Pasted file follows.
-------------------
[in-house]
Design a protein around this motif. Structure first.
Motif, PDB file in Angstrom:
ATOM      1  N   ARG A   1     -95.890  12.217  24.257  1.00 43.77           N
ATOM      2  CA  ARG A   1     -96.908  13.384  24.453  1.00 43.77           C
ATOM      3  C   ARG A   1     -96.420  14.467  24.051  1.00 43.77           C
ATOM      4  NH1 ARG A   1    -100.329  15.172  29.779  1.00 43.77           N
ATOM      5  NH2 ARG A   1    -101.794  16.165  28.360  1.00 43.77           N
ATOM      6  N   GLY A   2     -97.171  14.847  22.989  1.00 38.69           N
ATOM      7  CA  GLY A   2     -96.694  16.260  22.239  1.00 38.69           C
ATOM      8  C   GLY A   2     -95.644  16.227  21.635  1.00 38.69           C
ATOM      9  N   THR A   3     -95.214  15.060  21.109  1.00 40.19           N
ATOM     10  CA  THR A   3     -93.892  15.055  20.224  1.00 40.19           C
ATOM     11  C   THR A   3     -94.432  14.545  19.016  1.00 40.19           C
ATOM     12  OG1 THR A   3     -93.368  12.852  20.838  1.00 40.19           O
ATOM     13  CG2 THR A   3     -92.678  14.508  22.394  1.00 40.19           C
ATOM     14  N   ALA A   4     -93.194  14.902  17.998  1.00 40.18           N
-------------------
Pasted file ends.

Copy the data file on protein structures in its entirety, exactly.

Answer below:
[in-house]
Design a protein around this motif. Structure first.
Motif, PDB file in Angstrom:
ATOM      1  N   ARG A   1     -95.890  12.217  24.257  1.00 43.77           N
ATOM      2  CA  ARG A   1     -96.908  13.384  24.453  1.00 43.77           C
ATOM      3  C   ARG A   1     -96.420  14.467  24.051  1.00 43.77           C
ATOM      4  NH1 ARG A   1    -100.329  15.172  29.779  1.00 43.77           N
ATOM      5  NH2 ARG A   1    -101.794  16.165  28.360  1.00 43.77           N
ATOM      6  N   GLY A   2     -97.171  14.847  22.989  1.00 38.69           N
ATOM      7  CA  GLY A   2     -96.694  16.260  22.239  1.00 38.69           C
ATOM      8  C   GLY A   2     -95.644  16.227  21.635  1.00 38.69           C
ATOM      9  N   THR A   3     -95.214  15.060  21.109  1.00 40.19           N
ATOM     10  CA  THR A   3     -93.892  15.055  20.224  1.00 40.19           C
ATOM     11  C   THR A   3     -94.432  14.545  19.016  1.00 40.19           C
ATOM     12  OG1 THR A   3     -93.368  12.852  20.838  1.00 40.19           O
ATOM     13  CG2 THR A   3     -92.678  14.508  22.394  1.00 40.19           C
ATOM     14  N   ALA A   4     -93.194  14.902  17.998  1.00 40.18           N